How innovative wood products could help cut California wildfires, advance forest resiliency and economic prosperity

580 200 Deborah Kollars

(Photo: OSU/Flickr)

California’s forests, which represent some of the state’s most beautiful and valuable landscapes, are in a state of crisis due to overgrown conditions and escalating wildfires.

These challenging conditions threaten not only rural communities where the state’s forests are located, but also suburban and urban areas that find themselves in the direct line of catastrophic wildfires. In addition to threats to life and property, critical assets for all Californians are at stake, including water supplies, wildlife habitat, clean air, and valued scenic and recreational amenities.

The California Economic Summit, in advancing the Elevate Rural CA initiative, has identified forested areas as one of three key “solution spaces” for lifting up the economies and well-being of rural communities. The goal is to develop next-generation forest products that could lead to the removal and commercial use of excess woody materials now serving as fuel for fires.

Exciting work is under way on this forest resiliency front, with new research and innovations showing a promising path forward. Benefits would accrue to the entire state, including: 

  • Reducing wildfire threats and saving lives, property and public resources
  • Improving the resilience of forests
  • Protecting and enhancing the health of watersheds that serve the entire state
  • Creating new living-wage jobs and spurring economic development in rural areas
  • Helping to address the state’s housing shortage

As a backdrop, it is important to understand that California’s forested areas are struggling with an unprecedented tree mortality epidemic. In the Central and Southern Sierra Nevada alone, 129 million trees died in just eight years. The crisis was born of a century-old policy of suppressing all fires, which created overcrowded tree conditions. The severe drought that gripped California between 2012 and 2016 reduced available water for trees and left them vulnerable to disease and insects. A widespread bark beetle infestation contributed to the massive tree die-off.

Escalating wildfires are a highly visible indicator of the unhealthy conditions in forests. But even more is at stake. California’s forested lands play a critical role in the state’s overall environmental, social and economic well-being.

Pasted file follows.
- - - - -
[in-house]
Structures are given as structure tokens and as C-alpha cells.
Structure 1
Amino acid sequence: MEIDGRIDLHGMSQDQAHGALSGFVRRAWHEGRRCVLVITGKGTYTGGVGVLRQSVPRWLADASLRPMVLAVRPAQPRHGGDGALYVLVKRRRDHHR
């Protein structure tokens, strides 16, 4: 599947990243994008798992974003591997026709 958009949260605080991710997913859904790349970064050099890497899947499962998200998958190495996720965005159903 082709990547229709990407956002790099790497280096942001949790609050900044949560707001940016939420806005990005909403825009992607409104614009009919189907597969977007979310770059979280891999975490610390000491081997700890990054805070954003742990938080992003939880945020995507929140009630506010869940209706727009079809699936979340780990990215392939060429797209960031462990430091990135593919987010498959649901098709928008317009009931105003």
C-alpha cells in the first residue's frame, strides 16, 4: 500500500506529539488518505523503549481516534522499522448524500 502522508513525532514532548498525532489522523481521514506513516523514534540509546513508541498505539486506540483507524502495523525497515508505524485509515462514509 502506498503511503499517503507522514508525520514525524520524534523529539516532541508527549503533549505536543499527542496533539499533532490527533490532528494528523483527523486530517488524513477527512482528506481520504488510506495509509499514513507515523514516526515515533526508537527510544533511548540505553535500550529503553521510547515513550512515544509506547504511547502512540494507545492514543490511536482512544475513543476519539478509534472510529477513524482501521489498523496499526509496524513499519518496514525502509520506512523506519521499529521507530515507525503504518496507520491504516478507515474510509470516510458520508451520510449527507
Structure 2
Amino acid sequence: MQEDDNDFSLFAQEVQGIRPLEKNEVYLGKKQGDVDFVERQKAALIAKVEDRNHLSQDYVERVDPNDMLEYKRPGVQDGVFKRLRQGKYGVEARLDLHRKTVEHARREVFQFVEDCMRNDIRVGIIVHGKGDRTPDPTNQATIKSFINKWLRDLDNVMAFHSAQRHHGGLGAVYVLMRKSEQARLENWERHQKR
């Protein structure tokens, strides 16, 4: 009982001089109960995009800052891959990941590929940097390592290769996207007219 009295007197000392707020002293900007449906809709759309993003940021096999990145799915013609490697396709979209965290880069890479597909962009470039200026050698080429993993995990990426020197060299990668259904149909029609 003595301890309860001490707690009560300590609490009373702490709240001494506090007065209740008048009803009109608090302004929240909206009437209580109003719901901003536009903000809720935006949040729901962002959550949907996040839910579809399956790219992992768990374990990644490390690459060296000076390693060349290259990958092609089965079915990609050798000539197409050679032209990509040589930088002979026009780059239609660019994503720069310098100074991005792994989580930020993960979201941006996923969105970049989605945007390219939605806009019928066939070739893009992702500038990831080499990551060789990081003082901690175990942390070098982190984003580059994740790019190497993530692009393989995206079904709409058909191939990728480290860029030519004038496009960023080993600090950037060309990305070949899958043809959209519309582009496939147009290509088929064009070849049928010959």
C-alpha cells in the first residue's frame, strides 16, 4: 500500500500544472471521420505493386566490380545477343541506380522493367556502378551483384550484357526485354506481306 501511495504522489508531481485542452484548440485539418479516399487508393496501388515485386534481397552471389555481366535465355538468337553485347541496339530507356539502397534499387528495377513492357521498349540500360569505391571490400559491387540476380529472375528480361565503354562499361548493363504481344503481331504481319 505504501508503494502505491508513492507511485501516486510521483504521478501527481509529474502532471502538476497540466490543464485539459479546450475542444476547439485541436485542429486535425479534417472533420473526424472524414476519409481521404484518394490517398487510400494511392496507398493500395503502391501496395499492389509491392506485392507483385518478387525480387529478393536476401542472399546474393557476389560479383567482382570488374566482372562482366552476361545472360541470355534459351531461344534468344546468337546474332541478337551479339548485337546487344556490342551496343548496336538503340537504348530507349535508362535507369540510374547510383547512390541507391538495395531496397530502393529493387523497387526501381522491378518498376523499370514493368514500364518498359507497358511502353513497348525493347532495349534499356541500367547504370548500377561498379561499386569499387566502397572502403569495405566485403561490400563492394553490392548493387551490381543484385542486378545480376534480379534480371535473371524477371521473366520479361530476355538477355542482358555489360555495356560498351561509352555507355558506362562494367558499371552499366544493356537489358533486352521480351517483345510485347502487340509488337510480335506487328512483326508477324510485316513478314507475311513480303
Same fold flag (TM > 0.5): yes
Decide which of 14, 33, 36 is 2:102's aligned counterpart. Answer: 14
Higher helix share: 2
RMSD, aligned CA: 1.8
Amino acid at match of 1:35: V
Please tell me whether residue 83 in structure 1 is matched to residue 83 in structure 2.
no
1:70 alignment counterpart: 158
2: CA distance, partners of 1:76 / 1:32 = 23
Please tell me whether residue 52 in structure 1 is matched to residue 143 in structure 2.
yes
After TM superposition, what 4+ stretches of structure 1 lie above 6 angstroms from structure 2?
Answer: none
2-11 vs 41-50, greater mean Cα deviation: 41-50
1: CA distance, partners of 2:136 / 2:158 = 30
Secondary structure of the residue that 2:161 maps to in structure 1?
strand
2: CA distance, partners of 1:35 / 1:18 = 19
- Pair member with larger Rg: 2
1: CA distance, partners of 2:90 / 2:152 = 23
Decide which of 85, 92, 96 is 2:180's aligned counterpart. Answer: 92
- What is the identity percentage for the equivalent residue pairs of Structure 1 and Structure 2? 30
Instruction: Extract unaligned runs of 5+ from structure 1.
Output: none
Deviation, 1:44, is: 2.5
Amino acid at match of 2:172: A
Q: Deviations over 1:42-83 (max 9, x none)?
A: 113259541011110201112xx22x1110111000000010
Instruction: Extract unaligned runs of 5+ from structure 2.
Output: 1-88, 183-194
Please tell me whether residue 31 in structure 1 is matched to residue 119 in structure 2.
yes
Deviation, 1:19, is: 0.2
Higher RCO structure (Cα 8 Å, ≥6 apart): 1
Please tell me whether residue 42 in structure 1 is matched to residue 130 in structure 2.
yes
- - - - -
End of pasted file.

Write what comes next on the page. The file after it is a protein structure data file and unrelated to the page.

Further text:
California’s forested areas are home to national and state parks, recreational assets, tribal lands, alpine lakes, rivers and streams, valuable stands of trees, and a treasure chest of wildlife and habitat including important fisheries. Importantly, the vast majority of all water used by urban California and the state’s agricultural lands comes from watersheds found in rural forested areas.

Wildfires pose a major threat to the sustainability and health of such headwaters and their tributaries by reducing tree canopies that preserve the snowpack, increasing soil damage and discharge of sediments, and reducing water available for groundwater recharge and storage. Warming temperatures from a changing climate are another increasing challenge.

Additionally, forests play an important role in regulating levels of atmospheric carbon on a wide-scale basis. Forest overgrowth and wildfires threaten this balancing act, both on a short-term and long-term basis.

Forest restoration, which involves both mechanical thinning and removal of woody materials and the strategic use of fire, is critical to forest health and maintaining water supply reliability and quality. Many efforts, including public-private partnerships, task forces, and legislative developments, are under way to promote restoration and resiliency in forests, including making greater use of excess woody materials.

As the Elevate Rural CA initiative recognizes, new strategies must be pursued to develop viable commercial uses for low-value woody materials from forests. One promising market area involves mass timber, including an engineered wood product known as cross-laminated timber, which can be used in building construction.  

Currently, California has a housing shortage that is expected to reach 3.5 million homes by 2025. At the same time, although the state has massive forests and is the largest user of engineered wood west of the Mississippi, California imports from out of state nearly all of the engineered wood that it uses.

The Elevate Rural CA initiative views development of an innovative and profitable wood products industry within California as a promising means of creating healthier forests and watersheds, providing greater public safety, and generating new jobs and economic growth.

These forest resiliency objectives, along with goals aimed at strengthening water infrastructure and broadband access in rural areas, will be addressed among civic, industry and community leaders at the 2018 California Economic Summit on November 15-16 in Santa Rosa.

These efforts align with the Summit’s objectives around the triple bottom line – economy, environment, and equity – and can benefit both rural and urban areas.  


Deborah Kollars

All stories by: Deborah Kollars